ElisaIn 2017, a few days before starting her new role at Grand Valley State University, Elisa’s ex-husband and father of her two children was struck by a drunk driver as he was walking home. The day following the accident, he was in a coma with severe head trauma. Thankfully, he survived, but with severe physical ailments and a traumatic brain injury.

Elisa was left to provide strength, consistency, and emotional support for her two young children, ages 8 and 10 at the time. Through this, she realized that life happens to all of us, and it can be very hard to bounce back from a difficult life event.

The topic of resiliency became interesting, actually imperative to Elisa as she found herself trying to adjust to her new normal. She admits that she struggled. There were family and friends that gently encouraged her to explore the concepts of self-compassion and self-care, the same concepts she is passionate about sharing with the folks that she serves.

After this gentle reminder to “practice what you preach,” Elisa decided to join a gym to build a sense of mastery as a way to refuel not only her physical energy, but also her mental wellbeing. Through this experience, she became interested in what it might look like to apply these concepts that are proven to apply to stamina, energy, illness prevention, and overall well-being to our emotional lives. In an effort to foster that resiliency, Elisa began working to offer a new way to think about resourcing emotional wellness tools in times of peace, chaos, pain, and change.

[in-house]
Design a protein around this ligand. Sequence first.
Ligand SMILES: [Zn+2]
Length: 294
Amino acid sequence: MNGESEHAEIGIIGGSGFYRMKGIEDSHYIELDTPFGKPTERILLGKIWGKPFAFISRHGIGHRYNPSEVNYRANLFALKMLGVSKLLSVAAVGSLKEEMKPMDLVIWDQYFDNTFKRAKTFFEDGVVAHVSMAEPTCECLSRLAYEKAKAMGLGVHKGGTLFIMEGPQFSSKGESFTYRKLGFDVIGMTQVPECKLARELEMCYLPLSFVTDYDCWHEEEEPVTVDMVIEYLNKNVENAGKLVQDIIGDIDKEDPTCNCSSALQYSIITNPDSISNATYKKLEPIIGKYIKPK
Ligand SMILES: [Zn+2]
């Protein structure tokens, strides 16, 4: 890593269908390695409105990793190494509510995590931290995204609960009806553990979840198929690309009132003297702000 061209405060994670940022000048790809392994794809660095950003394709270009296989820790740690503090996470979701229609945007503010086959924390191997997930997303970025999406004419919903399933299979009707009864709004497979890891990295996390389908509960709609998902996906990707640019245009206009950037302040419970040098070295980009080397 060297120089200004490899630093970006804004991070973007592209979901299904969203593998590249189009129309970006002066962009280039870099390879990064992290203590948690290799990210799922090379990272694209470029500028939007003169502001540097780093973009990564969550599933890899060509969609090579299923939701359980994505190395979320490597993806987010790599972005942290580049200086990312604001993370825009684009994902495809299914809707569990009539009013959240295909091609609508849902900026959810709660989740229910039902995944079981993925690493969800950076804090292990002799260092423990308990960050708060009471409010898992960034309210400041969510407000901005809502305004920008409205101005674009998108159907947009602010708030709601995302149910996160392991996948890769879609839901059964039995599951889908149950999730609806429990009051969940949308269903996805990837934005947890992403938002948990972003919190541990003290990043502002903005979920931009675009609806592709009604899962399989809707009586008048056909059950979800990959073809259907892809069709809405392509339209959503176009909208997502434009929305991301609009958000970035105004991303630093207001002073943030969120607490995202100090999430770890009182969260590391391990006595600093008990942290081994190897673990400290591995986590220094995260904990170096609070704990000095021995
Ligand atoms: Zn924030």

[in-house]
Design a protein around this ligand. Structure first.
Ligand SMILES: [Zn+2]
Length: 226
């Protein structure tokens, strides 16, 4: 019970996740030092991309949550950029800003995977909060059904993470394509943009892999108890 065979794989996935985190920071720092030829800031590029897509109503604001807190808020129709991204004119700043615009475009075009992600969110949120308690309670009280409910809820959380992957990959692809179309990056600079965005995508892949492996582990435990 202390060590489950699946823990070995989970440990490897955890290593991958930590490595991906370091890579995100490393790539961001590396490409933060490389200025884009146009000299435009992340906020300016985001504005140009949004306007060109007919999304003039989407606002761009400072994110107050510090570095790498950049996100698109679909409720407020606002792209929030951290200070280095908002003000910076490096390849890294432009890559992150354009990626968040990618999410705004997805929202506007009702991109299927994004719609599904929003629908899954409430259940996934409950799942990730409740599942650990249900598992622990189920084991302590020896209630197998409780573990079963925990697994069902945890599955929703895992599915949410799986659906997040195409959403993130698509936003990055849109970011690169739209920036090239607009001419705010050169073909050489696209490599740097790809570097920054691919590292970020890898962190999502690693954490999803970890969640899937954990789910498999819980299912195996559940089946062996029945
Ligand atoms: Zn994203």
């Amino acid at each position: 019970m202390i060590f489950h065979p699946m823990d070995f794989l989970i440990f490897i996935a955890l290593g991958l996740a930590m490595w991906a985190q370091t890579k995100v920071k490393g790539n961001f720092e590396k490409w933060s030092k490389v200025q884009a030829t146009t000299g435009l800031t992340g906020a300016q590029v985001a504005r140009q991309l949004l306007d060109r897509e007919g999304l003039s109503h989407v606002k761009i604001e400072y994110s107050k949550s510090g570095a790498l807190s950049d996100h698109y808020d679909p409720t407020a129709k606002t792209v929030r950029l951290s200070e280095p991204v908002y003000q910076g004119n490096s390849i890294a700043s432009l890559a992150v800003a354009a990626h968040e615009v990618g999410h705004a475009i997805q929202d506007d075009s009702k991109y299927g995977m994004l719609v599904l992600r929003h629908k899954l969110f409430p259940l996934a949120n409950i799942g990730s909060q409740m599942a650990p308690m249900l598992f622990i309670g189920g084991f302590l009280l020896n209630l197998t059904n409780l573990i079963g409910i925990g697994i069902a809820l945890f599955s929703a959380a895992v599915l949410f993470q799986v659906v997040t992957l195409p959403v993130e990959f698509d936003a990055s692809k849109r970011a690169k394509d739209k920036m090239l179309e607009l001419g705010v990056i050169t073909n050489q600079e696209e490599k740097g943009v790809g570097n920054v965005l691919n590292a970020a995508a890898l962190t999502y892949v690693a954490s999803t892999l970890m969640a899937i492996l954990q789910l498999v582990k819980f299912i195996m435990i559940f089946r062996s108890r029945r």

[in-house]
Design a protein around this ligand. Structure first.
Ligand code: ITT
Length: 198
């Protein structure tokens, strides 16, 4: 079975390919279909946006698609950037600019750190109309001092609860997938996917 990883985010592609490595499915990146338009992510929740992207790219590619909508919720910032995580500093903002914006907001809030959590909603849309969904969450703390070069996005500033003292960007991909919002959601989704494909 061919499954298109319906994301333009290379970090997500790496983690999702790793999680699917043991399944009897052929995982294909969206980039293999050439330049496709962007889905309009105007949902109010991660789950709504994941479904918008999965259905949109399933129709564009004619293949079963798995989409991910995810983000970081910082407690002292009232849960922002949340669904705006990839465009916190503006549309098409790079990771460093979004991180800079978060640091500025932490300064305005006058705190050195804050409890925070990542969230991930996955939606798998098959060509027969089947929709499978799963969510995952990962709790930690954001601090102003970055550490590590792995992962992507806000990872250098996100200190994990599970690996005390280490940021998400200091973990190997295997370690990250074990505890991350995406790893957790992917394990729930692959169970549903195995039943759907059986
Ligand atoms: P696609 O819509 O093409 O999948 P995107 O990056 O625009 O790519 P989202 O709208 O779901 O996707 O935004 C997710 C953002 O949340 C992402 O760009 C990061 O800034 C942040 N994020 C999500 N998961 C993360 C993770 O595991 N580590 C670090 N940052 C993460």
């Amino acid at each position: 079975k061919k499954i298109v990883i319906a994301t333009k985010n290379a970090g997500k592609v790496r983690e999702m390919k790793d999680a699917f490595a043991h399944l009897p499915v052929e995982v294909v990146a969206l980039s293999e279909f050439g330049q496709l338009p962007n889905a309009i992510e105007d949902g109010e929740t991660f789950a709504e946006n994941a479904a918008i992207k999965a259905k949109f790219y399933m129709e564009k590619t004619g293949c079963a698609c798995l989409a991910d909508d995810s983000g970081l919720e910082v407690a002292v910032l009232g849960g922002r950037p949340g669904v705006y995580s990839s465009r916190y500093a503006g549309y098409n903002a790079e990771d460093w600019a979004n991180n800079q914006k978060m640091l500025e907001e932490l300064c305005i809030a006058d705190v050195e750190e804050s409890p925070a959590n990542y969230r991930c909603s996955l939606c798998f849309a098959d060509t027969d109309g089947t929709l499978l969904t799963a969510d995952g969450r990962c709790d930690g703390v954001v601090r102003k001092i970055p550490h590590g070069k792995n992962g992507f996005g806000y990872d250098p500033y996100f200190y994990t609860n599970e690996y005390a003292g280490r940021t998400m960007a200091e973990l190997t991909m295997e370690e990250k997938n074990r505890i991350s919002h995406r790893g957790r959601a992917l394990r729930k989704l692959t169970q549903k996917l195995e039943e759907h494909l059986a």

Emotional Strengths TrainingAnd so, Emotional Strength Training was created. This training was developed with the idea of supporting people who help other people; the intention is to hold space for those who do so much for others, and allow time to reflect on oneself. This training was born out of Elisa’s personal healing journey and she hopes to share some insight into what helped her, as well as create an online community of support around self-compassion and healing.

As human beings, we have a tendency towards negativity bias, and often ruminate. These habits may cause us to become rigid and locked into negative patterns of self-talk. In Emotional Strength Training, we recognized these patterns through both writing and reflecting on our situations. To combat negative self-talk, we learned about self-compassion and relating to oneself. By strengthening our self-compassion muscle and thinking creatively about our situations, we can become more emotionally agile, and see our circumstances as opportunities to practice living out our “I am.”

Although the training is three hours, the work of building emotional strength is life-long and continuous. This on-line community is intended to keep you inspired and motivated to continue working on the self-compassion muscle and pushing to become more emotional agile. This is a community of support; you make this space what it is and your voice matters. We invite you to post questions, ideas, and share stories!

If you would like to learn more about the training, see the Emotional Strength Training link. To receive this training, contact Elisa at [email protected].